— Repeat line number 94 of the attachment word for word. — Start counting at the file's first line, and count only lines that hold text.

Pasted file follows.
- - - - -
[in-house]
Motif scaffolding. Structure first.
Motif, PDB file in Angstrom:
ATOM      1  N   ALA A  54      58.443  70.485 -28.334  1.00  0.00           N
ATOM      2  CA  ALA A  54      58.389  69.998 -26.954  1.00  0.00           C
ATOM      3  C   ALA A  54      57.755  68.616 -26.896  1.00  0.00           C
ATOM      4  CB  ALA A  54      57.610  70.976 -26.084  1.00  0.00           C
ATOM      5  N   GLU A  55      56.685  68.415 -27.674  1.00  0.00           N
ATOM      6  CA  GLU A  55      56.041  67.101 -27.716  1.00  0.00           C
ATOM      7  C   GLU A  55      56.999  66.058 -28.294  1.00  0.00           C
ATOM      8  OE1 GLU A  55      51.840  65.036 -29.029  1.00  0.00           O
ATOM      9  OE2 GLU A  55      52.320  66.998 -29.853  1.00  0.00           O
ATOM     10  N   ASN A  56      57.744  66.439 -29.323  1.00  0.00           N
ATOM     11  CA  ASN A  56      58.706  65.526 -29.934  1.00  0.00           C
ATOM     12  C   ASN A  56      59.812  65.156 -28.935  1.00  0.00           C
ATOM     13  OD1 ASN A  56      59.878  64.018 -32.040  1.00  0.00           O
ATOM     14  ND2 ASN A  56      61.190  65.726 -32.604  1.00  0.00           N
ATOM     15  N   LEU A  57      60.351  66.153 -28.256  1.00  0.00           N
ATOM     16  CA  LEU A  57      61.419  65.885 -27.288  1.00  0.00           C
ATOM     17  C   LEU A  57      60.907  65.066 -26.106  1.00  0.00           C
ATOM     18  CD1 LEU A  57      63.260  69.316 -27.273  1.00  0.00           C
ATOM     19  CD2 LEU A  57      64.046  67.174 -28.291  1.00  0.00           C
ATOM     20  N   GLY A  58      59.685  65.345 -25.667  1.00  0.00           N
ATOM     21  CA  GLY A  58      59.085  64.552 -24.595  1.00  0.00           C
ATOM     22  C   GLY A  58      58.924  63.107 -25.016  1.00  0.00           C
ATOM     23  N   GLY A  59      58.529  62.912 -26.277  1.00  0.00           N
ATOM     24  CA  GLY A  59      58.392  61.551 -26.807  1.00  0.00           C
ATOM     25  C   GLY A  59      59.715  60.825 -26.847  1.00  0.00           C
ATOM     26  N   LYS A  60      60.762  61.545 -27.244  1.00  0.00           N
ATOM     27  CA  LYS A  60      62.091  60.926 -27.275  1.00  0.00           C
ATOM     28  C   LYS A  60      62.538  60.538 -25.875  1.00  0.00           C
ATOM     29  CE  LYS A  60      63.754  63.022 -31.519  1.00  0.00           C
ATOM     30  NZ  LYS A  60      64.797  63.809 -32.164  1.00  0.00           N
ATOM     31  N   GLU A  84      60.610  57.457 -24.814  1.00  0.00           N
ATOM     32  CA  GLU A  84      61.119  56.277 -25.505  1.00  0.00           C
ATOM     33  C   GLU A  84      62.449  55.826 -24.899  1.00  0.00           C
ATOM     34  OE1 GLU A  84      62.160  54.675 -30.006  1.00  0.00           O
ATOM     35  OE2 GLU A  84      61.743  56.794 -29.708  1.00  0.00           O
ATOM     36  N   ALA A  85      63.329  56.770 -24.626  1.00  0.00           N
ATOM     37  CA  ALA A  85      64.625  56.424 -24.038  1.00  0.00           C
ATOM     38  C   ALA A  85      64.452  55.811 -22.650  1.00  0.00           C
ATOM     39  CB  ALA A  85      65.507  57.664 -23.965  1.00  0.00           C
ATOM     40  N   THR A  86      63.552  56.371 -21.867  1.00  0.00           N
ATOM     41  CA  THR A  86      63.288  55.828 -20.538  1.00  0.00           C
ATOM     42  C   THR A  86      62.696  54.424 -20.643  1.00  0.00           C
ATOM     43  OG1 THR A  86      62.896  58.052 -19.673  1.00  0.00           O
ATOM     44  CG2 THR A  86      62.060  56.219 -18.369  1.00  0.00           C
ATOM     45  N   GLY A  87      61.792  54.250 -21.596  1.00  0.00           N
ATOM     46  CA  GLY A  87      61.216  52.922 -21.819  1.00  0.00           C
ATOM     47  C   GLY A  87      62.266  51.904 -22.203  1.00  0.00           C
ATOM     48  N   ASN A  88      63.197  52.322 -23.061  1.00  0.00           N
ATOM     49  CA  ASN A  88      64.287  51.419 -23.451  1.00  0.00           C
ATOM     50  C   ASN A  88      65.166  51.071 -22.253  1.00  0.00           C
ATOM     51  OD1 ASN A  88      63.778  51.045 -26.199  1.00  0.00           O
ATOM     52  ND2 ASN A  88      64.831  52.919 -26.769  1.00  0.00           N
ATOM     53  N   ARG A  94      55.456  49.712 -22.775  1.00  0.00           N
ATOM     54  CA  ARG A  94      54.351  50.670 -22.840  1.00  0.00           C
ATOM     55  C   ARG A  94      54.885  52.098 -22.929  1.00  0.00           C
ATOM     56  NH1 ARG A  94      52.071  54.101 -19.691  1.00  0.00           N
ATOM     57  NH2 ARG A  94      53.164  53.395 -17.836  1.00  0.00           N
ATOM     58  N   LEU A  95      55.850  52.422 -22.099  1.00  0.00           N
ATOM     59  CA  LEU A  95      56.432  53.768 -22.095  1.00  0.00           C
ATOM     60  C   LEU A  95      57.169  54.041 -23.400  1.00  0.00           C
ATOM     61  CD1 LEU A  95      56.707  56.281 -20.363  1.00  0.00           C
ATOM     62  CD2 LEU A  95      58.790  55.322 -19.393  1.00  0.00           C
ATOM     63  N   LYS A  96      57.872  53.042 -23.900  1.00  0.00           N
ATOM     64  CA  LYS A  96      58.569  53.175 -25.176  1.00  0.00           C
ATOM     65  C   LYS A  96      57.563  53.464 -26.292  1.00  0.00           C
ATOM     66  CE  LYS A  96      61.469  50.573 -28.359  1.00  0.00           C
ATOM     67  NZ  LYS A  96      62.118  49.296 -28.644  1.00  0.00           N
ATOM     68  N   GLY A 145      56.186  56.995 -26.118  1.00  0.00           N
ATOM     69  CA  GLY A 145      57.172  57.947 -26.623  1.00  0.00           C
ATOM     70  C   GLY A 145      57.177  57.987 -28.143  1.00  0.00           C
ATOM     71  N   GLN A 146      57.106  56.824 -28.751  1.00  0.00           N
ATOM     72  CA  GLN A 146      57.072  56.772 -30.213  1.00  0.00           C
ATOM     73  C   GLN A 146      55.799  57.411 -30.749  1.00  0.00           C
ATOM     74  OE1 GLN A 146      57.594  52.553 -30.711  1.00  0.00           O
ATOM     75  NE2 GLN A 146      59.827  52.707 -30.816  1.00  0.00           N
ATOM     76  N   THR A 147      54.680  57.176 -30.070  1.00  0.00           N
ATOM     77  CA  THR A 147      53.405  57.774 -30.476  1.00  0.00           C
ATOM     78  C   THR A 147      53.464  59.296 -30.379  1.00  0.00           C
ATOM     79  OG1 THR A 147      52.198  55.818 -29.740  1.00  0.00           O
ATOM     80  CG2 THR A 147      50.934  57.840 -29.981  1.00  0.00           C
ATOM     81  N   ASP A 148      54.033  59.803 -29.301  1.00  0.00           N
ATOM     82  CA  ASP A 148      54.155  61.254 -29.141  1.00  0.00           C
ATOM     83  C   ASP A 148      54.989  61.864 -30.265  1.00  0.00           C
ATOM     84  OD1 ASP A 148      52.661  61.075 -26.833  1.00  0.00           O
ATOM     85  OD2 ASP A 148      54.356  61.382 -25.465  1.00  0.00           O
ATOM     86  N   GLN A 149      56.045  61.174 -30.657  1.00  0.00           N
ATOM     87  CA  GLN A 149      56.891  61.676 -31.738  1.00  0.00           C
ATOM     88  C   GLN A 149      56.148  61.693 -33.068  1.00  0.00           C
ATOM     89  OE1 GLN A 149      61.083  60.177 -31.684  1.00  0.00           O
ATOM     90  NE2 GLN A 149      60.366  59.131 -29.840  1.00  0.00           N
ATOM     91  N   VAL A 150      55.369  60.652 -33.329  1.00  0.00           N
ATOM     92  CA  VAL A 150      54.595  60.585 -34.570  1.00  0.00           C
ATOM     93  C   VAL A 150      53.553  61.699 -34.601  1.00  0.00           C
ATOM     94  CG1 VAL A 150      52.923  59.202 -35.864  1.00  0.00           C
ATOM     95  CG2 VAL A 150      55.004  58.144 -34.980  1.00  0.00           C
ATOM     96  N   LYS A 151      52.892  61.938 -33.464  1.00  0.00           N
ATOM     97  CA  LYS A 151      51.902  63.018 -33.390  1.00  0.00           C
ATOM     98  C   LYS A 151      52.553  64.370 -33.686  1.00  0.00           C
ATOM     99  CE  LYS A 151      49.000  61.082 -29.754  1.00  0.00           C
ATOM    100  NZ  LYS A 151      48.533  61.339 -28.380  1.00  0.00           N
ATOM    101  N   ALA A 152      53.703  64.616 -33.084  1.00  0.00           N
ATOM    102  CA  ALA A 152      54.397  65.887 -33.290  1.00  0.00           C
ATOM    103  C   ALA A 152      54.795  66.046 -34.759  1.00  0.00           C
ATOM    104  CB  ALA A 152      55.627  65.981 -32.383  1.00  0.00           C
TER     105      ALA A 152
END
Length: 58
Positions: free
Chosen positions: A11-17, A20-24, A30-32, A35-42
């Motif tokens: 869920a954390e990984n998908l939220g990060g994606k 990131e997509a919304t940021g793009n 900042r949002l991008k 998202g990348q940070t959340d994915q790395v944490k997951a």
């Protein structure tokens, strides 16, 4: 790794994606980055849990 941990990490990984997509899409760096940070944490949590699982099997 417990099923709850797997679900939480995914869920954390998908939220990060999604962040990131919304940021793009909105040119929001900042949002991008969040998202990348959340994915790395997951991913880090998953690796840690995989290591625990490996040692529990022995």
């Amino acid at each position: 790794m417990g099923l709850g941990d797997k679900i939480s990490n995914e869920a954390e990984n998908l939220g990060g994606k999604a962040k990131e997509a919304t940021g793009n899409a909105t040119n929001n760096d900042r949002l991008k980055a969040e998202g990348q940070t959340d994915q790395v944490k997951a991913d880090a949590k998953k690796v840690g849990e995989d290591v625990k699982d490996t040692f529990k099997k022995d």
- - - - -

ATOM     91  N   VAL A 150      55.369  60.652 -33.329  1.00  0.00           N